TIPPECANOE COUNTY, Ind (WLFI)—Farmers are itching to get back to crop season. Although, muddy fields and puddles are the reality.
“Generally late April through the early part of May is the prime time for planting,” said Farmer Kevin Underwood. “And so this delay is costing us.”
Only 2% of the state’s crops have been planted. The average for this time of year is 20%.
“The most difficult part is how to plan when you always try to plan for the best case scenario,” said Underwood. “And then trying to figure out, what are we going to do if it continues to rain.”
Kevin Underwood is a corn, soybean, and popcorn farmer. His fields are currently muddy and full of puddles. He’s concerned about the financial effect this could have in the long run.
“Will the amount of crop that we actually take in,” said Underwood. “In the fall with the current price situation be enough to then cover all of those expenses.”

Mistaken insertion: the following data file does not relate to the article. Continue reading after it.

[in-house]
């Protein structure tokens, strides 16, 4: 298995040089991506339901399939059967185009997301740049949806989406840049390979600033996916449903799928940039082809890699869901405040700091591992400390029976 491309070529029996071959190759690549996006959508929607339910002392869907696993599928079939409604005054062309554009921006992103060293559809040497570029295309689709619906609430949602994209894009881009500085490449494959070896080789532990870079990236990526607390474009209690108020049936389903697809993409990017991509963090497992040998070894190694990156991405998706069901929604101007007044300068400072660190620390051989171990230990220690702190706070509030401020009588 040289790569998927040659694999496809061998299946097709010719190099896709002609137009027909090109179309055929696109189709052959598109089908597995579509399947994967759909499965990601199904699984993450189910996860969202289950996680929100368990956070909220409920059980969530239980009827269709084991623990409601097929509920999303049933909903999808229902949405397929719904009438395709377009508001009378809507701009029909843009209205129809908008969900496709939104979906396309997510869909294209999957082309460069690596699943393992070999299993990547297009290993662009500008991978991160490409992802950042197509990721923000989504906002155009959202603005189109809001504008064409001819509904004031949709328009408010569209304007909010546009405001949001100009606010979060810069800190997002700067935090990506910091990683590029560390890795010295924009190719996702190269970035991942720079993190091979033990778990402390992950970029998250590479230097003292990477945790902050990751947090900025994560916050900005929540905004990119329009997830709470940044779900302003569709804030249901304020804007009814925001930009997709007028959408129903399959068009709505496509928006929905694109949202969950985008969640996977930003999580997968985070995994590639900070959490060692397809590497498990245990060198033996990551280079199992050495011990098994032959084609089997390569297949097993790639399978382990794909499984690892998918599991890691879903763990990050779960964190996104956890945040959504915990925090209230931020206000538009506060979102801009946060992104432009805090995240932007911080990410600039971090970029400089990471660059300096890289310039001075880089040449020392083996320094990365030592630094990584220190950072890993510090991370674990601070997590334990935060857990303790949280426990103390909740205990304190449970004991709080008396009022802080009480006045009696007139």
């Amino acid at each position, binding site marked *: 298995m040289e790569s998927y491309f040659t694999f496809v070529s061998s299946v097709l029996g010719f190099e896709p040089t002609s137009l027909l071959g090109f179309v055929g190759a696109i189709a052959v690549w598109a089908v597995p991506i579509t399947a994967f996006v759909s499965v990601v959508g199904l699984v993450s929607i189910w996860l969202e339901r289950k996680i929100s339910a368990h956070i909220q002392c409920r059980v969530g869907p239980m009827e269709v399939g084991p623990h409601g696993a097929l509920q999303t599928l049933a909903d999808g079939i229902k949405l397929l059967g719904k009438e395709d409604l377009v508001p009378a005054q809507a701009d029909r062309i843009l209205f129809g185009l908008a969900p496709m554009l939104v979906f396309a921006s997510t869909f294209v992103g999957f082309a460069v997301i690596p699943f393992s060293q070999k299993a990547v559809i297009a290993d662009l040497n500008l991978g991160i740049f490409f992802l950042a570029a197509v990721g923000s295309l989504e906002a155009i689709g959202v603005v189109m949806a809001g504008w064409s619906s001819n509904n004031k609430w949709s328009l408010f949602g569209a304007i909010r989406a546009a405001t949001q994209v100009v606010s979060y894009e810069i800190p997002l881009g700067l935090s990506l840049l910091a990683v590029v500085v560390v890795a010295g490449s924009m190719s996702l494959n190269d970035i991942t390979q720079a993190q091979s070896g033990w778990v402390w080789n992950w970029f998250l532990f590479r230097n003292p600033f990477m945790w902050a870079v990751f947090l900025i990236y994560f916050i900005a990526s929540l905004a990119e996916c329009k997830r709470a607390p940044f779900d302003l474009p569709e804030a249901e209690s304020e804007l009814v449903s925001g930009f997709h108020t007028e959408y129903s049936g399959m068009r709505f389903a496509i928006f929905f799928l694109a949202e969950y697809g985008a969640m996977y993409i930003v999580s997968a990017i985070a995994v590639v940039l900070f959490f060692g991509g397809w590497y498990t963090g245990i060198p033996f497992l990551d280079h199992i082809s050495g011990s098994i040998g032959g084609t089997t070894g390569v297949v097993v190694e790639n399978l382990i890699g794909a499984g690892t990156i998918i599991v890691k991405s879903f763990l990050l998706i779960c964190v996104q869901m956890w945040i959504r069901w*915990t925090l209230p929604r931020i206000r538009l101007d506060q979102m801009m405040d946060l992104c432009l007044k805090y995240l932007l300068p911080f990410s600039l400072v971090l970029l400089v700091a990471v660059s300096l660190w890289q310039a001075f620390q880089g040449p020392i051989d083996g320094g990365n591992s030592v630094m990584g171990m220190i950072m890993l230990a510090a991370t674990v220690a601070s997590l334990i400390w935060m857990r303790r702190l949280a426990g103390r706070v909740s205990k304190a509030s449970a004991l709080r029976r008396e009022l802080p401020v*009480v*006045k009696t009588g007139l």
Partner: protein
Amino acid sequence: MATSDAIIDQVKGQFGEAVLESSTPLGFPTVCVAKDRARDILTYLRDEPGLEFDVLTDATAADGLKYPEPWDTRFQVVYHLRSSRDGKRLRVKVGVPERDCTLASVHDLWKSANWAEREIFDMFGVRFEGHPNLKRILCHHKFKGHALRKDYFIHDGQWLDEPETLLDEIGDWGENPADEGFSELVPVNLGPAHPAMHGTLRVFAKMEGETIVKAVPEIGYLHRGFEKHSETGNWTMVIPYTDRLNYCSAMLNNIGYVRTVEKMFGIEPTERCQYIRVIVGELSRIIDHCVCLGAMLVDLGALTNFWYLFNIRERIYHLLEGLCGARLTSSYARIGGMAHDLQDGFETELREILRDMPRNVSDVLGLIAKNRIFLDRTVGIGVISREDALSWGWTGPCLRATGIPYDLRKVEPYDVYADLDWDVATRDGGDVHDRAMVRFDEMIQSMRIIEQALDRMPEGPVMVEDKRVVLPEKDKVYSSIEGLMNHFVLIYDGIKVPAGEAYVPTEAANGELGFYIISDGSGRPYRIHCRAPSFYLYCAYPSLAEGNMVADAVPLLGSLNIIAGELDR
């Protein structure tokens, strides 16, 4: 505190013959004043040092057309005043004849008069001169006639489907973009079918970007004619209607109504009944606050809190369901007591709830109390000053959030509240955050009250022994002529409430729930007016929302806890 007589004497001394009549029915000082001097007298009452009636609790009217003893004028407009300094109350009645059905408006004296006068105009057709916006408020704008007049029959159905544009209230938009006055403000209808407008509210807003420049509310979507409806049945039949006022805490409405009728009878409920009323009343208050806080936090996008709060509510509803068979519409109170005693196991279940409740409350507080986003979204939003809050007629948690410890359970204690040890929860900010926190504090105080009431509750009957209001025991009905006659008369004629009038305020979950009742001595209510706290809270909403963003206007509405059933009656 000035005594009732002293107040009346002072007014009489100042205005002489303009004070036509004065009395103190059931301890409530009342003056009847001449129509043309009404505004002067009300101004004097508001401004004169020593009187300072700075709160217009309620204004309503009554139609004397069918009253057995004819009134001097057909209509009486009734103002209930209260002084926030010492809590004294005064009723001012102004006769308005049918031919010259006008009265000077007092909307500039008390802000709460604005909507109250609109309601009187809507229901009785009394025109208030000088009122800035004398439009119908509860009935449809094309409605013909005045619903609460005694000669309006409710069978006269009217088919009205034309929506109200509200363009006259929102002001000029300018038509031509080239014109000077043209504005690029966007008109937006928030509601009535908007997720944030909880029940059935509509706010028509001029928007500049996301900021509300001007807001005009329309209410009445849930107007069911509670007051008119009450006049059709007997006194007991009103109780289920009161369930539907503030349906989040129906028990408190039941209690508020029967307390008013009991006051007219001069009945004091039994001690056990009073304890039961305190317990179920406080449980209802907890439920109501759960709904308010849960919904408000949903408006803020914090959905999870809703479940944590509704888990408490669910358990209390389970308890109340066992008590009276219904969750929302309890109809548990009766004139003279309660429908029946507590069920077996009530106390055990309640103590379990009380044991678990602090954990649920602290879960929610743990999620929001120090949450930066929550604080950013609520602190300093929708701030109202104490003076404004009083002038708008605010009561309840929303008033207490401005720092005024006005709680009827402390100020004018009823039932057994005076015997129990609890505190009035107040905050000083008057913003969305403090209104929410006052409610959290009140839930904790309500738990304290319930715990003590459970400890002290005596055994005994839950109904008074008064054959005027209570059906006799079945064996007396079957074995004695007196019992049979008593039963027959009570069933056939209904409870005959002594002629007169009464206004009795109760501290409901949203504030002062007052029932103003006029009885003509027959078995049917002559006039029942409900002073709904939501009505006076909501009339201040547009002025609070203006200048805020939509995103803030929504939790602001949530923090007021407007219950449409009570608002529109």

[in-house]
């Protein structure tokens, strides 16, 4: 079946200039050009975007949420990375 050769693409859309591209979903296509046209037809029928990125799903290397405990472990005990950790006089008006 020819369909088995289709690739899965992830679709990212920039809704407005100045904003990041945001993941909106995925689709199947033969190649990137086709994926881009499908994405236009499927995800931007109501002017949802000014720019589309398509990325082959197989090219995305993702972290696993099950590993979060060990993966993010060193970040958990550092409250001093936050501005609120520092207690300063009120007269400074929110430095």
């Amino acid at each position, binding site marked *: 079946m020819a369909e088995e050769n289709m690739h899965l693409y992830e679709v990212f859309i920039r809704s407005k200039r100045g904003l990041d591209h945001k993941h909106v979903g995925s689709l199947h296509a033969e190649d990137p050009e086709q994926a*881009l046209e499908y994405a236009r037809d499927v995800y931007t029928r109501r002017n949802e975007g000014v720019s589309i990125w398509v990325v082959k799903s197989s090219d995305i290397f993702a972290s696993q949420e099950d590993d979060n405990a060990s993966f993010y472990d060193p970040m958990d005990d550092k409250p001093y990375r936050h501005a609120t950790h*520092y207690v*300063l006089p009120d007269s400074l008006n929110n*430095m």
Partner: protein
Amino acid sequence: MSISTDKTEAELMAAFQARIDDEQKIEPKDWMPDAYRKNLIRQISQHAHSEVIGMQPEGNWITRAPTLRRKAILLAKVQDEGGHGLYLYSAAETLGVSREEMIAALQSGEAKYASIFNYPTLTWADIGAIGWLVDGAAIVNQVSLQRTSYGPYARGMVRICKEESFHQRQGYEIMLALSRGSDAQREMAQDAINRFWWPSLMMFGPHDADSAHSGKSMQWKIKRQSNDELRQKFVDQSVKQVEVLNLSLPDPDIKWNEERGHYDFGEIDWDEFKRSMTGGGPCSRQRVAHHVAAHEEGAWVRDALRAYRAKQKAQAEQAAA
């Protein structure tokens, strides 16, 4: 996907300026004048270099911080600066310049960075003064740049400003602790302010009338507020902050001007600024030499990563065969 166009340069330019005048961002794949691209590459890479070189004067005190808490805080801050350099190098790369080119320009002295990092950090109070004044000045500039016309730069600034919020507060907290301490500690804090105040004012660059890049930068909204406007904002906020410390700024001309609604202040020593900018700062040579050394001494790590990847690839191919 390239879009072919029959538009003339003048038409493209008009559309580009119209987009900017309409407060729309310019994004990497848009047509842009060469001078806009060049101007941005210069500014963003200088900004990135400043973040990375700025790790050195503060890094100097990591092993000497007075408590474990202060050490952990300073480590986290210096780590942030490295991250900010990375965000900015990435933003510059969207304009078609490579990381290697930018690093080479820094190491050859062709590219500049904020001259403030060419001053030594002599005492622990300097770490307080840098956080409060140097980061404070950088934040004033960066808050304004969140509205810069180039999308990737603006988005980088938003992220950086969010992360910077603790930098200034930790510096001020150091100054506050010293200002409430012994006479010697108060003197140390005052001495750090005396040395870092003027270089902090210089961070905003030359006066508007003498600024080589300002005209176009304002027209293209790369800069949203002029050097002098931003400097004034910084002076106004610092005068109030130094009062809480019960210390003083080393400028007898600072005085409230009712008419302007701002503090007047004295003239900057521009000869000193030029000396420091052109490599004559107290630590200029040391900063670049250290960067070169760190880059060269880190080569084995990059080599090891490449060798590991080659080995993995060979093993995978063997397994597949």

Those expenses are seed, fertilizer, fuel, and machinery. If production starts too late, that means less is produced and farmers are uncertain they will bounce back.
“We’re just getting to that point where how much longer can we stretch this thing out and continue to make it work,” said Underwood. “When financially we’ve been burning through our cash reserves.”
Extension Corn Specialist Bob Nielson says even though the weather pattern is causing uncertainty, farmers can still come out on top.
“If it turns out to be a wonderful growing season with moderate weather ample rain when we need it, good temperatures, we can still produce average or above average crops,” said Nielson.
Nielson said the only thing farmers can do right now is being prepared. Mother Nature could let up for just a bit, and they’ll need to be ready.
“Just be ready to go once the field opens up,” said Nielson.
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